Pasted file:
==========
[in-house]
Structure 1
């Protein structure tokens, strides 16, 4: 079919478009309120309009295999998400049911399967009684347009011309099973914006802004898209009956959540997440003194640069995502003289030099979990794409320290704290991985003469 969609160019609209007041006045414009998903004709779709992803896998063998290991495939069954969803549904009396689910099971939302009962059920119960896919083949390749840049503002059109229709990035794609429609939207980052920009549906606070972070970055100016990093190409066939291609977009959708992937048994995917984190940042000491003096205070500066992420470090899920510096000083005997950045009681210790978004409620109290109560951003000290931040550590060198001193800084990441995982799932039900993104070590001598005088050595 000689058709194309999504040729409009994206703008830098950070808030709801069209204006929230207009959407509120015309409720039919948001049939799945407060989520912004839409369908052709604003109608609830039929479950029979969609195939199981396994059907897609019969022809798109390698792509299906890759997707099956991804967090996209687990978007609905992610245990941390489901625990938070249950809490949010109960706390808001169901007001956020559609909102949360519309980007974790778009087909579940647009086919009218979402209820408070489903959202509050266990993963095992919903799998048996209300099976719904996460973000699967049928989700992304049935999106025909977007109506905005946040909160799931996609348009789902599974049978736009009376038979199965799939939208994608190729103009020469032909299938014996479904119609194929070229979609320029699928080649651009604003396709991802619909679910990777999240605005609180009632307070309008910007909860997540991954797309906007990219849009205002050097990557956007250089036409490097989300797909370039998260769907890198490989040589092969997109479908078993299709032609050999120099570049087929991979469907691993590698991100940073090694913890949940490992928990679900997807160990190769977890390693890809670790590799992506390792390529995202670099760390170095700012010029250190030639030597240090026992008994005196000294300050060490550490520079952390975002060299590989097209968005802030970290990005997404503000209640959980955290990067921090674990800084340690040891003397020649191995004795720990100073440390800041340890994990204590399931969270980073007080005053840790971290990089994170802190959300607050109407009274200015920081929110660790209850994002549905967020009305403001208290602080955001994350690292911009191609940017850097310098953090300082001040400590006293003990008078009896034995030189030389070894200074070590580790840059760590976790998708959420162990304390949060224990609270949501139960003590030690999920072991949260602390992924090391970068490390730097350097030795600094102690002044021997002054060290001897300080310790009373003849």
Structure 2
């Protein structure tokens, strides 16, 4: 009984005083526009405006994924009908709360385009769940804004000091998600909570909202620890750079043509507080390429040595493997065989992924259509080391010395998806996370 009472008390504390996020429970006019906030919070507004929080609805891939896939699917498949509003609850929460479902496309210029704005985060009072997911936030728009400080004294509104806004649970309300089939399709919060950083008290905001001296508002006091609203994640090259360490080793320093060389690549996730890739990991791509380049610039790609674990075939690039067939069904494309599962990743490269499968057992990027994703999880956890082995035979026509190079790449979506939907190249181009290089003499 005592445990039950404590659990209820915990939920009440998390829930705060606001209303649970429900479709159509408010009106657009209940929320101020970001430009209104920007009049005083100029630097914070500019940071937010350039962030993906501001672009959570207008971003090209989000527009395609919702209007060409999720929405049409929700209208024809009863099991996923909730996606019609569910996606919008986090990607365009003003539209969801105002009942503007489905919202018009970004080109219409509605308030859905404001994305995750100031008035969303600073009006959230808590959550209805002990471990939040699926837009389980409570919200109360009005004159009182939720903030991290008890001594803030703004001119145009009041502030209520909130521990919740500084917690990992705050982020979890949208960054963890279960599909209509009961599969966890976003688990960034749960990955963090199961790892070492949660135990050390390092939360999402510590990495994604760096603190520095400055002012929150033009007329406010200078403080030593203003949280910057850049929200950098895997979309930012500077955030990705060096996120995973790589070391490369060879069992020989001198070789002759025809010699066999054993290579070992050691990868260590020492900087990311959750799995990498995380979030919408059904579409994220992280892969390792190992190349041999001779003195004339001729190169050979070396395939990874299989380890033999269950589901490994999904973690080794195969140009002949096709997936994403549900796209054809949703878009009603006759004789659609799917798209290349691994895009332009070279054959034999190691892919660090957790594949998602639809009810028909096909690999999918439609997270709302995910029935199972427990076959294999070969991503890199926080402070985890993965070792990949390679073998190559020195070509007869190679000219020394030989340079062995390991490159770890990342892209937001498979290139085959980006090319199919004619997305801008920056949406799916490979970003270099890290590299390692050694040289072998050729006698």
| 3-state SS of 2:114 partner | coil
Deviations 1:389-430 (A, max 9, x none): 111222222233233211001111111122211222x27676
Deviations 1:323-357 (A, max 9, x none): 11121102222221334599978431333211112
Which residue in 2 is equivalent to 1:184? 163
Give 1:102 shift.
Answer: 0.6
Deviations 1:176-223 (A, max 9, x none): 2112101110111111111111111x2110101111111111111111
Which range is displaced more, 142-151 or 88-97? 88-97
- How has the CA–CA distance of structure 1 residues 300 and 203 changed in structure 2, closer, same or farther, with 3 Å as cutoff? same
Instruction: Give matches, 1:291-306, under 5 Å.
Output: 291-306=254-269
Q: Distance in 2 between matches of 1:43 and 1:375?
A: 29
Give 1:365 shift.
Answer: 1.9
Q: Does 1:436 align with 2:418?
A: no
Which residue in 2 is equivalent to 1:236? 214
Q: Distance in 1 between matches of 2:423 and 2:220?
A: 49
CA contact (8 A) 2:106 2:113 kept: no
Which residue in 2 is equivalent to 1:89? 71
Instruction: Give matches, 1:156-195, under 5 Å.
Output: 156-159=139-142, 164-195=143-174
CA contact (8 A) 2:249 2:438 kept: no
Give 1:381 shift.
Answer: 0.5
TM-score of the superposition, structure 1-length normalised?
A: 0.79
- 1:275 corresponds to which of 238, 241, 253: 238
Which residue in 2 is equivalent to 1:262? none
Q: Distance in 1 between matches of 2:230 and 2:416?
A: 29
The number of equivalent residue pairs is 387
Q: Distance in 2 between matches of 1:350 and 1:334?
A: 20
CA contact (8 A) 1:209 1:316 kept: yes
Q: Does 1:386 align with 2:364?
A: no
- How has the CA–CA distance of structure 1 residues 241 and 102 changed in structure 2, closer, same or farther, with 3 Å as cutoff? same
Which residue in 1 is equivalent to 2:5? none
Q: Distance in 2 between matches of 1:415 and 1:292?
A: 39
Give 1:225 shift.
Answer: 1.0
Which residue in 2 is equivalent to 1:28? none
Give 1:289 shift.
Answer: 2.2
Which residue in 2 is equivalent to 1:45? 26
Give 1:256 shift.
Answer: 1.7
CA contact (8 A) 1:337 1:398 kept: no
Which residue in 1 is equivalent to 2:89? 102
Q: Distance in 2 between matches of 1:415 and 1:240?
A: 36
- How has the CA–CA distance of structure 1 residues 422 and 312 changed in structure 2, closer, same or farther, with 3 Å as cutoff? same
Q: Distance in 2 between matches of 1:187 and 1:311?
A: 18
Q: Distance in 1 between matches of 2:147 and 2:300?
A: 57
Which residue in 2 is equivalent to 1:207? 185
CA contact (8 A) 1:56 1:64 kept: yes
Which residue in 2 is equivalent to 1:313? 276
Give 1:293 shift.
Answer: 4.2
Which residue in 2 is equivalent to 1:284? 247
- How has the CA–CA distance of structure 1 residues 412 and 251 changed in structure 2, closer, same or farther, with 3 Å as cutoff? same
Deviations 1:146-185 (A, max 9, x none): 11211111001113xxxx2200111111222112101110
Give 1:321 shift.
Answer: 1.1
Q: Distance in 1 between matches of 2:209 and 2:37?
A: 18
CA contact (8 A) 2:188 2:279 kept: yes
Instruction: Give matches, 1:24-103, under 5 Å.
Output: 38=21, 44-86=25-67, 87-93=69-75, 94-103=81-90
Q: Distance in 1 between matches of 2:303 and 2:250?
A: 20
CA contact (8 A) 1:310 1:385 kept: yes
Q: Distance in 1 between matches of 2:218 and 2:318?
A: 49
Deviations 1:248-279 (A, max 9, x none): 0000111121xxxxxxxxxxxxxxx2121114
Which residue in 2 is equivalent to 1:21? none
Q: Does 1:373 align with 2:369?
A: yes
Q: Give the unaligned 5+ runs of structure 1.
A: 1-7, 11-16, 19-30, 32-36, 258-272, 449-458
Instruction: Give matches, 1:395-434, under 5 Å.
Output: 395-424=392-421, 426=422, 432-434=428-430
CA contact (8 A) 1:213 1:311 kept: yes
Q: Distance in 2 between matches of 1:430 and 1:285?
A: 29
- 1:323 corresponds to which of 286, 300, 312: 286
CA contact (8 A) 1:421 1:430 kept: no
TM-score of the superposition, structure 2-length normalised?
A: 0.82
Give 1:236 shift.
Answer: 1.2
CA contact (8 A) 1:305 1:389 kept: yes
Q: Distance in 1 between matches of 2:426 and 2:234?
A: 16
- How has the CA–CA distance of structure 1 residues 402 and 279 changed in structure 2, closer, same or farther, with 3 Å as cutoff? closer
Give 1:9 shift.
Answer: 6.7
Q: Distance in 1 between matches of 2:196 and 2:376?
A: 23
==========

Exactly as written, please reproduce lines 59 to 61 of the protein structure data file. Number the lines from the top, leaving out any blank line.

Q: Distance in 2 between matches of 1:415 and 1:240?
A: 36
- How has the CA–CA distance of structure 1 residues 422 and 312 changed in structure 2, closer, same or farther, with 3 Å as cutoff? same